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Is Your Credit Report Accurate?

Mistakes happen occasionally. But when they appear on your credit report and hurt your credit score, a mistake could make it harder to borrow money for a house, a car, or other purchases, as well as the overall cost of your home. 

Credit reports are also used to decide whether you can rent an apartment; or determine the cost of auto and homeowners’ insurance. Lenders, landlords, insurance companies, and some employers rely on credit reports for background research. 

So, what should you know about checking your credit report?

Three Major Credit Bureaus 

In the U.S., there are three nationwide credit reporting companies—Equifax, Experian, and TransUnion. Each organization collects information on your credit accounts and payment history and assigns a credit score, but their sources and methods vary, and errors can occur.

That’s why reviewing all three credit agencies’ reports is essential. Additionally, checking for mistakes is one of the best ways to spot identity theft.  

How to Get Copies

Traditionally, you could only obtain a free copy of your report from each agency once every twelve months. But since the start of the COVID-19 pandemic and continuing through December 2023, all three credit bureaus have allowed free weekly access to online credit reports.

The easiest way to request copies is through the federally authorized site AnnualCreditReport.com, where you can view or print each report after completing three steps.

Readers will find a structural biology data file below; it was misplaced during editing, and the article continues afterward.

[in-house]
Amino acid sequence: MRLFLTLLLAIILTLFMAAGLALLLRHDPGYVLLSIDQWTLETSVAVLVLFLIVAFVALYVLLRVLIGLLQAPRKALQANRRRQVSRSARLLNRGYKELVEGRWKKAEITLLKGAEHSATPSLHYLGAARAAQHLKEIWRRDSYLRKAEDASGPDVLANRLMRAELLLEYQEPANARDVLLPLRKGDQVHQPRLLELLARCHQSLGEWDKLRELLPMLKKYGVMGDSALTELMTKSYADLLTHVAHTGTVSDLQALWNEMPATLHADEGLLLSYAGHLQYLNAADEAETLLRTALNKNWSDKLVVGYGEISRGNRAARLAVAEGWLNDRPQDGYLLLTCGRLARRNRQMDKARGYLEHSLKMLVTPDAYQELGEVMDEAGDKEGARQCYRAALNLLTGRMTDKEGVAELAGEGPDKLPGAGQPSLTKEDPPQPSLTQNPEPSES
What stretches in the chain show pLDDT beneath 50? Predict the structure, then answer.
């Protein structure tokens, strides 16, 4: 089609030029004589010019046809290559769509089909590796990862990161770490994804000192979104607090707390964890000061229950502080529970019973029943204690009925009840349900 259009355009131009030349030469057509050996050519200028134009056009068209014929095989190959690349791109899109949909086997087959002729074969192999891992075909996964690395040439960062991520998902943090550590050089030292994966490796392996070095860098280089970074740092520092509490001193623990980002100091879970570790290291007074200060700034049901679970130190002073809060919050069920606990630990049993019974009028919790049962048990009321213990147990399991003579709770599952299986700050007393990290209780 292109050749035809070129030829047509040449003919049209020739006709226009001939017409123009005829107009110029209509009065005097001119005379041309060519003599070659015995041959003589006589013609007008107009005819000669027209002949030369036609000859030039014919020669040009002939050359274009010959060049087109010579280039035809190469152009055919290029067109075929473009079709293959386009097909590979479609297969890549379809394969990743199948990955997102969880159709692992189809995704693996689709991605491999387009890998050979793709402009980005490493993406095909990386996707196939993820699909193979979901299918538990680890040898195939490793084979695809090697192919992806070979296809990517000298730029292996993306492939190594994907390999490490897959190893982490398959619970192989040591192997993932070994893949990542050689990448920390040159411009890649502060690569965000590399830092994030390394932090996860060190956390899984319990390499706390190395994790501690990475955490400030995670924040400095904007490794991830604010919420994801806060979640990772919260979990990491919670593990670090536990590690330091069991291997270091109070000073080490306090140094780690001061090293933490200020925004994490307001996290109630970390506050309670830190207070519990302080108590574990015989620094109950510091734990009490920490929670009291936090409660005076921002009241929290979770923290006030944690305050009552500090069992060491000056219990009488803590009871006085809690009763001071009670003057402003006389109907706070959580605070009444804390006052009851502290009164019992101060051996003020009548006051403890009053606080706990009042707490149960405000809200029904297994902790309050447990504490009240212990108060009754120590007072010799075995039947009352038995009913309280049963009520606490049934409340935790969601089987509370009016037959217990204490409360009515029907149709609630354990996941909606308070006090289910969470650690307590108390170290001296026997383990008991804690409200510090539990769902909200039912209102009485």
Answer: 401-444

Note that the free reports don’t include your credit score—just details about you and the credit accounts you’ve opened and closed or continue to use.

What Items Should You Check?

Some mistakes can cause more significant problems than others. The Consumer Financial Protection Bureau (CFPB) recommends reviewing these items:

Personal information

  • Errors in your identity data, such as a wrong name, phone number, or address
  • Accounts belonging to another person with the same or similar name as you
  • Incorrect accounts resulting from identity theft

Reporting of account status

  • Closed accounts reported as open
  • You appear as the owner of the account when you’re just an authorized user
  • Accounts that are incorrectly reported as late or delinquent
  • Incorrect date of last payment, date opened, or date of first delinquency
  • The same debt is listed more than once

Balance errors

  • Accounts with an incorrect current balance
  • Accounts with an incorrect credit limit

Data management errors

  • Reinsertion of incorrect information after somebody corrected it
  • Accounts that appear multiple times with different creditors listed

The CFPB also provides a comprehensive credit report checklist with detailed suggestions for correcting mistakes. 

Are There Signs of Identity Theft?

If you spot incorrect information that might indicate identity theft, it’s essential to act quickly! For example, the most obvious clues on a credit report are an address where you never resided and accounts you never opened. 

The Federal Trade Commission (FTC) offers a comprehensive guide to identifying, reporting, and recovering from identity theft. 

How to Correct Errors

It’s also essential to clear up any negative information that might impact your ability to borrow money at an attractive rate or have other adverse effects. For example, a credit card issuer might claim that your account is over 30 days past due, even though you know you’re payments are current.

Fixing a mistake usually requires contacting the information source (the company that issued the loan or the credit card in question) and the credit agency displaying that information in your credit report.

Each credit agency has a process for filing disputes. Contact Equifax, Experian, and TransUnion directly for additional details.